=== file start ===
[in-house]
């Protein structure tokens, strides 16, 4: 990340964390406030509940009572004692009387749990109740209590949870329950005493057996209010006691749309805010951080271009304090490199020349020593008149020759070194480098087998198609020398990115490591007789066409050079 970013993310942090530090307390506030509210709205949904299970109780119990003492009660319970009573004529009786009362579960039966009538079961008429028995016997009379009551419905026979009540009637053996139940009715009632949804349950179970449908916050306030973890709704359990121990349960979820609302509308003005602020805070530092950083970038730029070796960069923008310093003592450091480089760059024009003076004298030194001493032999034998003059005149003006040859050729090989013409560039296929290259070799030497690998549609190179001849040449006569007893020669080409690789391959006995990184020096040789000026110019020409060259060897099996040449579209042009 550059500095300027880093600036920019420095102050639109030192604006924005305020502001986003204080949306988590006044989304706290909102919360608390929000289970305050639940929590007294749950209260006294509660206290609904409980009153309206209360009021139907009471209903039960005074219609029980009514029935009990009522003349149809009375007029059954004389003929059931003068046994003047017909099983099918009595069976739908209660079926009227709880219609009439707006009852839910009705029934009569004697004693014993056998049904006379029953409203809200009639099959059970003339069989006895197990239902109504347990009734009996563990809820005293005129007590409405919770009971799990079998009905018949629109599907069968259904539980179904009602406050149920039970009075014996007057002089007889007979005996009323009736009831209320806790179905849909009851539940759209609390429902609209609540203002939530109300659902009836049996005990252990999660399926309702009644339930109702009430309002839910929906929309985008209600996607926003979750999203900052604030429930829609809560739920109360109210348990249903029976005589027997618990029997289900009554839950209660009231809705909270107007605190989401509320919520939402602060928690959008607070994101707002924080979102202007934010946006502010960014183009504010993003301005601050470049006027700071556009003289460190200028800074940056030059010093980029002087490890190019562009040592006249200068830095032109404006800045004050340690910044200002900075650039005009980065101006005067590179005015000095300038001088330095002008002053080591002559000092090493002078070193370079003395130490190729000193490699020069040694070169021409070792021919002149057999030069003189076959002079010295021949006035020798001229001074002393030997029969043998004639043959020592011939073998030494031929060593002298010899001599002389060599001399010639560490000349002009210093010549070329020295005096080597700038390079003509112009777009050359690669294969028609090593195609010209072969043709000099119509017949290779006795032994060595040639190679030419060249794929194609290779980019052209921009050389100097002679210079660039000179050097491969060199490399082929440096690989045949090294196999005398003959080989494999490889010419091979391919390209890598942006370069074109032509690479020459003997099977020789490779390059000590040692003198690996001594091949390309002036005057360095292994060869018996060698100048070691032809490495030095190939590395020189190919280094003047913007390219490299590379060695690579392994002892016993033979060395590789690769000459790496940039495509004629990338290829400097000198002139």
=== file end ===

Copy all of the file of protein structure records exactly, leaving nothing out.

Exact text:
[in-house]
């Protein structure tokens, strides 16, 4: 990340964390406030509940009572004692009387749990109740209590949870329950005493057996209010006691749309805010951080271009304090490199020349020593008149020759070194480098087998198609020398990115490591007789066409050079 970013993310942090530090307390506030509210709205949904299970109780119990003492009660319970009573004529009786009362579960039966009538079961008429028995016997009379009551419905026979009540009637053996139940009715009632949804349950179970449908916050306030973890709704359990121990349960979820609302509308003005602020805070530092950083970038730029070796960069923008310093003592450091480089760059024009003076004298030194001493032999034998003059005149003006040859050729090989013409560039296929290259070799030497690998549609190179001849040449006569007893020669080409690789391959006995990184020096040789000026110019020409060259060897099996040449579209042009 550059500095300027880093600036920019420095102050639109030192604006924005305020502001986003204080949306988590006044989304706290909102919360608390929000289970305050639940929590007294749950209260006294509660206290609904409980009153309206209360009021139907009471209903039960005074219609029980009514029935009990009522003349149809009375007029059954004389003929059931003068046994003047017909099983099918009595069976739908209660079926009227709880219609009439707006009852839910009705029934009569004697004693014993056998049904006379029953409203809200009639099959059970003339069989006895197990239902109504347990009734009996563990809820005293005129007590409405919770009971799990079998009905018949629109599907069968259904539980179904009602406050149920039970009075014996007057002089007889007979005996009323009736009831209320806790179905849909009851539940759209609390429902609209609540203002939530109300659902009836049996005990252990999660399926309702009644339930109702009430309002839910929906929309985008209600996607926003979750999203900052604030429930829609809560739920109360109210348990249903029976005589027997618990029997289900009554839950209660009231809705909270107007605190989401509320919520939402602060928690959008607070994101707002924080979102202007934010946006502010960014183009504010993003301005601050470049006027700071556009003289460190200028800074940056030059010093980029002087490890190019562009040592006249200068830095032109404006800045004050340690910044200002900075650039005009980065101006005067590179005015000095300038001088330095002008002053080591002559000092090493002078070193370079003395130490190729000193490699020069040694070169021409070792021919002149057999030069003189076959002079010295021949006035020798001229001074002393030997029969043998004639043959020592011939073998030494031929060593002298010899001599002389060599001399010639560490000349002009210093010549070329020295005096080597700038390079003509112009777009050359690669294969028609090593195609010209072969043709000099119509017949290779006795032994060595040639190679030419060249794929194609290779980019052209921009050389100097002679210079660039000179050097491969060199490399082929440096690989045949090294196999005398003959080989494999490889010419091979391919390209890598942006370069074109032509690479020459003997099977020789490779390059000590040692003198690996001594091949390309002036005057360095292994060869018996060698100048070691032809490495030095190939590395020189190919280094003047913007390219490299590379060695690579392994002892016993033979060395590789690769000459790496940039495509004629990338290829400097000198002139």